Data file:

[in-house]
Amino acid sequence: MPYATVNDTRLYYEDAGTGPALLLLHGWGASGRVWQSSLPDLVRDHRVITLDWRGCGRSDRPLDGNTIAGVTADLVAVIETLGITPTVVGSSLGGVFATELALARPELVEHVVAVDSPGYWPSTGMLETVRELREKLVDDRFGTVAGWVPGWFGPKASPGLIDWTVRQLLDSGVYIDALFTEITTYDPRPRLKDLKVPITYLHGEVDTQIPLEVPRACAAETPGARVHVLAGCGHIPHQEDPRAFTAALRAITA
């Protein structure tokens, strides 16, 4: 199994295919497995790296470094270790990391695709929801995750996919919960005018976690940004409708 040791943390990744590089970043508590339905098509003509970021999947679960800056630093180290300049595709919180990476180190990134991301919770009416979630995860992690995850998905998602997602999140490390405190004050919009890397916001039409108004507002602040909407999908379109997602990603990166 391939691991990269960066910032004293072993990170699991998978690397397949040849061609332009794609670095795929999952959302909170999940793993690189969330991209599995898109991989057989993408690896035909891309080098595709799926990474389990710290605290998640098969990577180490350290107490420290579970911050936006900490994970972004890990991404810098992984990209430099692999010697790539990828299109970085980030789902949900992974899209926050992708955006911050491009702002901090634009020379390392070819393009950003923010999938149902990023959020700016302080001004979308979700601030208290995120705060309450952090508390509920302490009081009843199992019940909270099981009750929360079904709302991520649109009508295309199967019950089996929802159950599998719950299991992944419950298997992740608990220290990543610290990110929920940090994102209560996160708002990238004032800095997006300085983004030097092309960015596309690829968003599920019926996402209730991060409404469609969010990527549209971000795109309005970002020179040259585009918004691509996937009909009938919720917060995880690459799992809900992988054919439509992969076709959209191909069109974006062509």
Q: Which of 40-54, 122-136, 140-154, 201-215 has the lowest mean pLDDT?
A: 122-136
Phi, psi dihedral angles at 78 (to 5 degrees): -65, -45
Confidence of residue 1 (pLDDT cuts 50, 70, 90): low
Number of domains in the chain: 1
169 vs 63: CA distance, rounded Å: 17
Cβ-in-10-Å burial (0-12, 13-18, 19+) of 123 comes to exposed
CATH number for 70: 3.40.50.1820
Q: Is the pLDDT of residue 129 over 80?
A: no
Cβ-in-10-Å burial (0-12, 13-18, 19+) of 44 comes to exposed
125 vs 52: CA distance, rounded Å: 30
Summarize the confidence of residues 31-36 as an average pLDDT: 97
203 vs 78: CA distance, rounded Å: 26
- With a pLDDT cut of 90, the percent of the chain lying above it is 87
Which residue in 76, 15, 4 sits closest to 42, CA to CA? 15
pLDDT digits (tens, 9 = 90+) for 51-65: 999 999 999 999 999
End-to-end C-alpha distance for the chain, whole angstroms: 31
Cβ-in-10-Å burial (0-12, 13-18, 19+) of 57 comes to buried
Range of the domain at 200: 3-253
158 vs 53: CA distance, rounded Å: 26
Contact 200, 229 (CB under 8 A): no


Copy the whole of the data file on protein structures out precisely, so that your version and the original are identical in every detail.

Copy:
[in-house]
Amino acid sequence: MPYATVNDTRLYYEDAGTGPALLLLHGWGASGRVWQSSLPDLVRDHRVITLDWRGCGRSDRPLDGNTIAGVTADLVAVIETLGITPTVVGSSLGGVFATELALARPELVEHVVAVDSPGYWPSTGMLETVRELREKLVDDRFGTVAGWVPGWFGPKASPGLIDWTVRQLLDSGVYIDALFTEITTYDPRPRLKDLKVPITYLHGEVDTQIPLEVPRACAAETPGARVHVLAGCGHIPHQEDPRAFTAALRAITA
């Protein structure tokens, strides 16, 4: 199994295919497995790296470094270790990391695709929801995750996919919960005018976690940004409708 040791943390990744590089970043508590339905098509003509970021999947679960800056630093180290300049595709919180990476180190990134991301919770009416979630995860992690995850998905998602997602999140490390405190004050919009890397916001039409108004507002602040909407999908379109997602990603990166 391939691991990269960066910032004293072993990170699991998978690397397949040849061609332009794609670095795929999952959302909170999940793993690189969330991209599995898109991989057989993408690896035909891309080098595709799926990474389990710290605290998640098969990577180490350290107490420290579970911050936006900490994970972004890990991404810098992984990209430099692999010697790539990828299109970085980030789902949900992974899209926050992708955006911050491009702002901090634009020379390392070819393009950003923010999938149902990023959020700016302080001004979308979700601030208290995120705060309450952090508390509920302490009081009843199992019940909270099981009750929360079904709302991520649109009508295309199967019950089996929802159950599998719950299991992944419950298997992740608990220290990543610290990110929920940090994102209560996160708002990238004032800095997006300085983004030097092309960015596309690829968003599920019926996402209730991060409404469609969010990527549209971000795109309005970002020179040259585009918004691509996937009909009938919720917060995880690459799992809900992988054919439509992969076709959209191909069109974006062509």
Q: Which of 40-54, 122-136, 140-154, 201-215 has the lowest mean pLDDT?
A: 122-136
Phi, psi dihedral angles at 78 (to 5 degrees): -65, -45
Confidence of residue 1 (pLDDT cuts 50, 70, 90): low
Number of domains in the chain: 1
169 vs 63: CA distance, rounded Å: 17
Cβ-in-10-Å burial (0-12, 13-18, 19+) of 123 comes to exposed
CATH number for 70: 3.40.50.1820
Q: Is the pLDDT of residue 129 over 80?
A: no
Cβ-in-10-Å burial (0-12, 13-18, 19+) of 44 comes to exposed
125 vs 52: CA distance, rounded Å: 30
Summarize the confidence of residues 31-36 as an average pLDDT: 97
203 vs 78: CA distance, rounded Å: 26
- With a pLDDT cut of 90, the percent of the chain lying above it is 87
Which residue in 76, 15, 4 sits closest to 42, CA to CA? 15
pLDDT digits (tens, 9 = 90+) for 51-65: 999 999 999 999 999
End-to-end C-alpha distance for the chain, whole angstroms: 31
Cβ-in-10-Å burial (0-12, 13-18, 19+) of 57 comes to buried
Range of the domain at 200: 3-253
158 vs 53: CA distance, rounded Å: 26
Contact 200, 229 (CB under 8 A): no